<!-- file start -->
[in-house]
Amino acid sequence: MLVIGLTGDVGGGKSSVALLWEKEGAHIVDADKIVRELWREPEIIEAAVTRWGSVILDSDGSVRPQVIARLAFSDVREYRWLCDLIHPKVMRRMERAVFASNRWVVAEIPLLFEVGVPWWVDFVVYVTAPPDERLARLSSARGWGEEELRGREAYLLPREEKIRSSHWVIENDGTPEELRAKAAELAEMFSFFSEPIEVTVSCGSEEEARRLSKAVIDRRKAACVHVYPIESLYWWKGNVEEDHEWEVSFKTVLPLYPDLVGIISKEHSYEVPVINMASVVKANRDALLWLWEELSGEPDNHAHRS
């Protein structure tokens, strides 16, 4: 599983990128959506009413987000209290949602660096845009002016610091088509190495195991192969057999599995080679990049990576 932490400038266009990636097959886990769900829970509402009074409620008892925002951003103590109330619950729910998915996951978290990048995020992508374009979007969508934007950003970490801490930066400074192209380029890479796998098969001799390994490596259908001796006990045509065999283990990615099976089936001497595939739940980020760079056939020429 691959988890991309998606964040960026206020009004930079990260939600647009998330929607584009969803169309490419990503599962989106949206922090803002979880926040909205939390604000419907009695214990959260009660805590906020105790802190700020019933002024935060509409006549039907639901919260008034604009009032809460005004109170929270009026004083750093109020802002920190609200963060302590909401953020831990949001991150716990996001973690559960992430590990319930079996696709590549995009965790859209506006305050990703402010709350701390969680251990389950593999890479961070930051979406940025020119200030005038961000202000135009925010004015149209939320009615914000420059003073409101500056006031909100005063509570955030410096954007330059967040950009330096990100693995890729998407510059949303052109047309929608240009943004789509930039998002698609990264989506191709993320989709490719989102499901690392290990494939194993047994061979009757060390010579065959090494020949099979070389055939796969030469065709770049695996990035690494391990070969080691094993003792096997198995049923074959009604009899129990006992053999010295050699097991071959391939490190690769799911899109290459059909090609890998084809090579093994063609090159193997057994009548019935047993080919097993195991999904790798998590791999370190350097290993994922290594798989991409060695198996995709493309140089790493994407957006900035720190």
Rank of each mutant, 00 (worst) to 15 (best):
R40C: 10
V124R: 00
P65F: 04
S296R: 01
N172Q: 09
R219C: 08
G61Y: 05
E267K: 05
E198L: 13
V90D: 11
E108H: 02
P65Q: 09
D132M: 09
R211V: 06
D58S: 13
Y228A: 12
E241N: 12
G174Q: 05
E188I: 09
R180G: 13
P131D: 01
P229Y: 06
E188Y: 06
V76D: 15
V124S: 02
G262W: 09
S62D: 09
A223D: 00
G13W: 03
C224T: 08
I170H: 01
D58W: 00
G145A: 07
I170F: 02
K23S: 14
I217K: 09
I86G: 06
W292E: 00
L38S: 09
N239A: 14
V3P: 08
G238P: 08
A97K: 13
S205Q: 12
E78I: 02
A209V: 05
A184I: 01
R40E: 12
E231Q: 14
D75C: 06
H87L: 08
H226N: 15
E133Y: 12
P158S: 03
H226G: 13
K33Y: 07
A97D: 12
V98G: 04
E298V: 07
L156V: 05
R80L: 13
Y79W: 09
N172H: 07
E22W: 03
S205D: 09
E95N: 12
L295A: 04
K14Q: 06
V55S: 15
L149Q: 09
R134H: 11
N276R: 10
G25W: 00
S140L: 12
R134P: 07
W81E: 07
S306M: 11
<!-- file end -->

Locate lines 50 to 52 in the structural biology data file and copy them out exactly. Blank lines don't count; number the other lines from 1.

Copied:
A209V: 05
A184I: 01
R40E: 12